The Bank of England is currently fairly calm regarding the conditions of its economy. Brazil's rating cut to junk speeds up the sliding pace of the local currency. The zloty is fairly strong during today's session.
No panic from the BoE
Headline parameters of the Bank of England (BoE) monetary policy haven't changed. The benchmark rate remained at 0.5% and only one MPC member wanted to hike the cost of credit at the September meeting. Both parameters were in line with market consensus.
A much more interesting topic was the overall calm view regarding global events. In the statement we can read that recent events in China and in other EM economies increasing the risks concerning its future but “global developments do not as yet appear sufficient to alter materially the central outlook described in the August Report”.
What is also worth noting is the much more balanced approach from the BoE than last week's ECB's view. Partly it can be attributed to the different economic situation in the UK, which is getting ready to hike the benchmark while the eurozone is actually in full scale QE operation. Additionally, the eurozone is much more dependent on the Chinese and Asian conditions than the UK. However, even taking into account all of the arguments such a big difference can be surprising.
Brazil with junk rating
Standard & Poor's cut Brazil's rating today to the junk level. Looking at the unstable macroeconomic and political situation of this country, the decision might have been expected but the speed of action from the rating agency looks a bit surprising.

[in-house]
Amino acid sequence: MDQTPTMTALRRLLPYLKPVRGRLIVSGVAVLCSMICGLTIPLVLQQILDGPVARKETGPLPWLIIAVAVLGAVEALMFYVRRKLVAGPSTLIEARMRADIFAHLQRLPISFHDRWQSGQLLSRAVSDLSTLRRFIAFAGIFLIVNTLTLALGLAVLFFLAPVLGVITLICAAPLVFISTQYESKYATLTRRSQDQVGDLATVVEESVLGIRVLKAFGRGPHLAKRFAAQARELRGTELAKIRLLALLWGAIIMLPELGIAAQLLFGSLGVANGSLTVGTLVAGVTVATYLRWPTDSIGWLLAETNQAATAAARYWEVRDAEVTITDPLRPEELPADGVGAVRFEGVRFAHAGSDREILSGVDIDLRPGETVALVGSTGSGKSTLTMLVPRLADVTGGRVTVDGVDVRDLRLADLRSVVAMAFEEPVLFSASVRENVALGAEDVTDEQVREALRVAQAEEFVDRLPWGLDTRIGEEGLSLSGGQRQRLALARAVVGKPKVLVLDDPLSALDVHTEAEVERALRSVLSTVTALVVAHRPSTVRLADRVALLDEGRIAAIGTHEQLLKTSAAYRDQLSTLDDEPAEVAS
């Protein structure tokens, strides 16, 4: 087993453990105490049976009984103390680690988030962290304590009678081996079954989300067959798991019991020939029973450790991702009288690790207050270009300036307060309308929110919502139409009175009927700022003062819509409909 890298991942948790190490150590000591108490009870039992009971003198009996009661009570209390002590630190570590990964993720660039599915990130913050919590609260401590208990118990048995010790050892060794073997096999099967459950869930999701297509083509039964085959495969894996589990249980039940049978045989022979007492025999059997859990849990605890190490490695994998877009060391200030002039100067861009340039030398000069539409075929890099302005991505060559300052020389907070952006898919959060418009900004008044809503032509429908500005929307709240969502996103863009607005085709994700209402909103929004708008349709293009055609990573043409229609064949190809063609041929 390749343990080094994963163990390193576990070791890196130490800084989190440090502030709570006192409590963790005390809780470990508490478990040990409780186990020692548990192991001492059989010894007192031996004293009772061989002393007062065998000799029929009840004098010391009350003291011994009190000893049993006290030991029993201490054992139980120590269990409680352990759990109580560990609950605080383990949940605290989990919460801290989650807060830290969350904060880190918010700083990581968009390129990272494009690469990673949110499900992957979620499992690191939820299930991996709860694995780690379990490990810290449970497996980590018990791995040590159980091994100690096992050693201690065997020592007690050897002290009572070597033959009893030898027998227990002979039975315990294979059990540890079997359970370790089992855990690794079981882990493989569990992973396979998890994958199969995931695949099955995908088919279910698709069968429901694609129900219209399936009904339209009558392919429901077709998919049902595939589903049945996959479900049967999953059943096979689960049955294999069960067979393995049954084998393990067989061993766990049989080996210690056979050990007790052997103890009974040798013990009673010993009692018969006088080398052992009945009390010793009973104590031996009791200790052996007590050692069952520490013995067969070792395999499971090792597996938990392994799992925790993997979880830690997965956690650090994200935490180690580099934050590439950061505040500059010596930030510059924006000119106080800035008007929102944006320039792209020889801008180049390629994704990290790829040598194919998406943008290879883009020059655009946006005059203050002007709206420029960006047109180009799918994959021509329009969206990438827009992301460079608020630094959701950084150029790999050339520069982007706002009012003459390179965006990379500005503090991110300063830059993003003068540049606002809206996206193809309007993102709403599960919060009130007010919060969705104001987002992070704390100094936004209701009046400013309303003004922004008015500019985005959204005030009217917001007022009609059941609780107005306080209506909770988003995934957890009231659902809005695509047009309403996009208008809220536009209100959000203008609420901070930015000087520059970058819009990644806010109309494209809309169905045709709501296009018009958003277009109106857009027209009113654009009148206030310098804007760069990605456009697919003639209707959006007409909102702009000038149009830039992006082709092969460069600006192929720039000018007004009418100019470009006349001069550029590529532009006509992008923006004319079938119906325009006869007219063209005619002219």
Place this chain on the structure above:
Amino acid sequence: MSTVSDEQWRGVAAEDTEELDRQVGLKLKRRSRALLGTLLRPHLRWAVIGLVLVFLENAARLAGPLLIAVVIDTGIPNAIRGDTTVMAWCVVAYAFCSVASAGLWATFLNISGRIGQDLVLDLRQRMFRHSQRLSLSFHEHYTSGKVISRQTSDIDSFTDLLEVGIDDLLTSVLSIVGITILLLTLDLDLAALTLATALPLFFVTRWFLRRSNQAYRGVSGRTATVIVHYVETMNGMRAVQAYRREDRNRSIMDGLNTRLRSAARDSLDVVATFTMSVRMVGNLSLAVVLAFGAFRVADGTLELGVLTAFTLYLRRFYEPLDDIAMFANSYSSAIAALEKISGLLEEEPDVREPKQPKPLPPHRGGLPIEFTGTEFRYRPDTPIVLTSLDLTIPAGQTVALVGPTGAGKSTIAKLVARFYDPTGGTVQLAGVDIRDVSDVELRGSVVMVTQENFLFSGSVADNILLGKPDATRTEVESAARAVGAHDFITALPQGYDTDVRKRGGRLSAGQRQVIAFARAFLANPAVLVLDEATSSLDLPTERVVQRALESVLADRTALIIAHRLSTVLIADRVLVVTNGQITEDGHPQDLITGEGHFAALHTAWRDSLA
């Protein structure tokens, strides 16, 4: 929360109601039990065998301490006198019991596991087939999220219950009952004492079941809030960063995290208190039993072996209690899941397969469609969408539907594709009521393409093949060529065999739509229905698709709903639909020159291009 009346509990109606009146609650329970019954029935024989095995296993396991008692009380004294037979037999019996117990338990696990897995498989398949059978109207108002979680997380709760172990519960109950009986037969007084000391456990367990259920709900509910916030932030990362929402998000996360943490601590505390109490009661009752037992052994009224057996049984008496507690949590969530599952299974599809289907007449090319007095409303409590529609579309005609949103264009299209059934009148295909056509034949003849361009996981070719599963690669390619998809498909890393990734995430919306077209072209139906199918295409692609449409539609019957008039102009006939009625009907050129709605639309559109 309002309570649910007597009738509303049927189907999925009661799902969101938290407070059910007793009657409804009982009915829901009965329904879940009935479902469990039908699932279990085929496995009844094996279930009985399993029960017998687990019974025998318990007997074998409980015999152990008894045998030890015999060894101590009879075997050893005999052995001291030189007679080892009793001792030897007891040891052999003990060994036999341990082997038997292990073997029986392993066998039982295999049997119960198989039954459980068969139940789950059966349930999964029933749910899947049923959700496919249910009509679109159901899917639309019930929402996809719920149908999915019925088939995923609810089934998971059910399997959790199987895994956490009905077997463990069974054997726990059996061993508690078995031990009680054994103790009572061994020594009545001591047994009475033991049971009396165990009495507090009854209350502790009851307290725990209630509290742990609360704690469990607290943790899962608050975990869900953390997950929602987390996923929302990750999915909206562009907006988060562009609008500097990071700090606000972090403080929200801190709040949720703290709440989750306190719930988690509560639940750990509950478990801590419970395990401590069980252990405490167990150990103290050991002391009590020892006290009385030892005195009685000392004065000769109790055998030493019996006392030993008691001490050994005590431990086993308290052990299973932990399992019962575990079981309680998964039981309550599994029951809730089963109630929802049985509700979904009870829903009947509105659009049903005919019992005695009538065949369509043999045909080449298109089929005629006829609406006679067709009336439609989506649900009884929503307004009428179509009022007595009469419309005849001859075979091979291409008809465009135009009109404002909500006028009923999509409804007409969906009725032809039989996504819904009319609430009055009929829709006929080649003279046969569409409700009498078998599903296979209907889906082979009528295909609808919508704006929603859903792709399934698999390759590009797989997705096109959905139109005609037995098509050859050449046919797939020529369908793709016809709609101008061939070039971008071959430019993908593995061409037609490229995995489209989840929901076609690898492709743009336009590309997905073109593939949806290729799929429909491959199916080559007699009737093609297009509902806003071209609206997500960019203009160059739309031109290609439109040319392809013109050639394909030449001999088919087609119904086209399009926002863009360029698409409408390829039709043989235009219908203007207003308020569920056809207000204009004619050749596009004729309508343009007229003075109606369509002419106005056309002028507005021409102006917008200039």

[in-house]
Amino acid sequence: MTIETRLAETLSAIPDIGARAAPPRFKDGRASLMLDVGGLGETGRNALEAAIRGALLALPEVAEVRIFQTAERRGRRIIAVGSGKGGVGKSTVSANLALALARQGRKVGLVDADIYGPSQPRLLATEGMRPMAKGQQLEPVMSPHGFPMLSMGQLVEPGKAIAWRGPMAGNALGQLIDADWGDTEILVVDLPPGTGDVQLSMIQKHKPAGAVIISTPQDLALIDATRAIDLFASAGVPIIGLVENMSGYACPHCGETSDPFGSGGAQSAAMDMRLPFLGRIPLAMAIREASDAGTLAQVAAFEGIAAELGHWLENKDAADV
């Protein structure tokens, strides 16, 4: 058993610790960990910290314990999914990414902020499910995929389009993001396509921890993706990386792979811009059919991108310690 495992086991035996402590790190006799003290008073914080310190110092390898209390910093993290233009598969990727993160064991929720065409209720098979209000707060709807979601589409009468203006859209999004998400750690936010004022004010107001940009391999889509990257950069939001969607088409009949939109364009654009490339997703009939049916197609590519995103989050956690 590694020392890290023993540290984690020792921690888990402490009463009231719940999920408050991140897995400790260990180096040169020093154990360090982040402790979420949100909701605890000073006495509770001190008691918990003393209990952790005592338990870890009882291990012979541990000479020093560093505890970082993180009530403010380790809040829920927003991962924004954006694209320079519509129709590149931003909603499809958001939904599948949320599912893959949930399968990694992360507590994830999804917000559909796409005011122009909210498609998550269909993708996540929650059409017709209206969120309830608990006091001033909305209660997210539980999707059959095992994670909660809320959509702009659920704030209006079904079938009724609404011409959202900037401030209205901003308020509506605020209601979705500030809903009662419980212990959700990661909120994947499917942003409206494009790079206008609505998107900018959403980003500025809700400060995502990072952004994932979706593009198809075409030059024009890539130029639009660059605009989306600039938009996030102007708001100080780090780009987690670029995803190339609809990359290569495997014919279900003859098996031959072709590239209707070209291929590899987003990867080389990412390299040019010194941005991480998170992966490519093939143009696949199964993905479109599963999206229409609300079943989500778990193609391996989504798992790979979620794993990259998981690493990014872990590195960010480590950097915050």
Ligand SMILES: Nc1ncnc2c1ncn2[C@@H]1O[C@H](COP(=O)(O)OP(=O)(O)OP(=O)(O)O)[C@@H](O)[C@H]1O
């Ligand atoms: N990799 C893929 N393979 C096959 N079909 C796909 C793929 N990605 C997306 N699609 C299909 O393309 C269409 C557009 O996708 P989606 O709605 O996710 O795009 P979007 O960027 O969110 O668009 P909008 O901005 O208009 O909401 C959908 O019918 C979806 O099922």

Only one and half months ago the sovereign rating perspective was changed from neutral to negative. Additionally, even after the cut to junk the perspective remains negative, which may suggest more bad news for Brazil in the near future.
This information pushed the local currency lower. The USD/BRL pair jumped to the 3.90 mark, which is the highest rate in 13 years. Pushing the pair higher to the 4.00 level will mean that the USD/BRL will reach an all time high.
Zloty is a bit stronger
Today the zloty was stronger comparing to its Hungarian counterpart. The HUF lost around a quarter of a percent to the euro while the PLN remained unchanged to the common currency. It might be an effect of today's government bond sale which sometimes creates additional demand for the zloty. But such effects do not usually translate to any sustained trend.
Still it is not expected to look towards a significantly stronger PLN which is expected to be dependant on global sentiment. The base scenario for the EUR/PLN is to remain around 4.22 with a low probability of moving in any direction till the end of the week.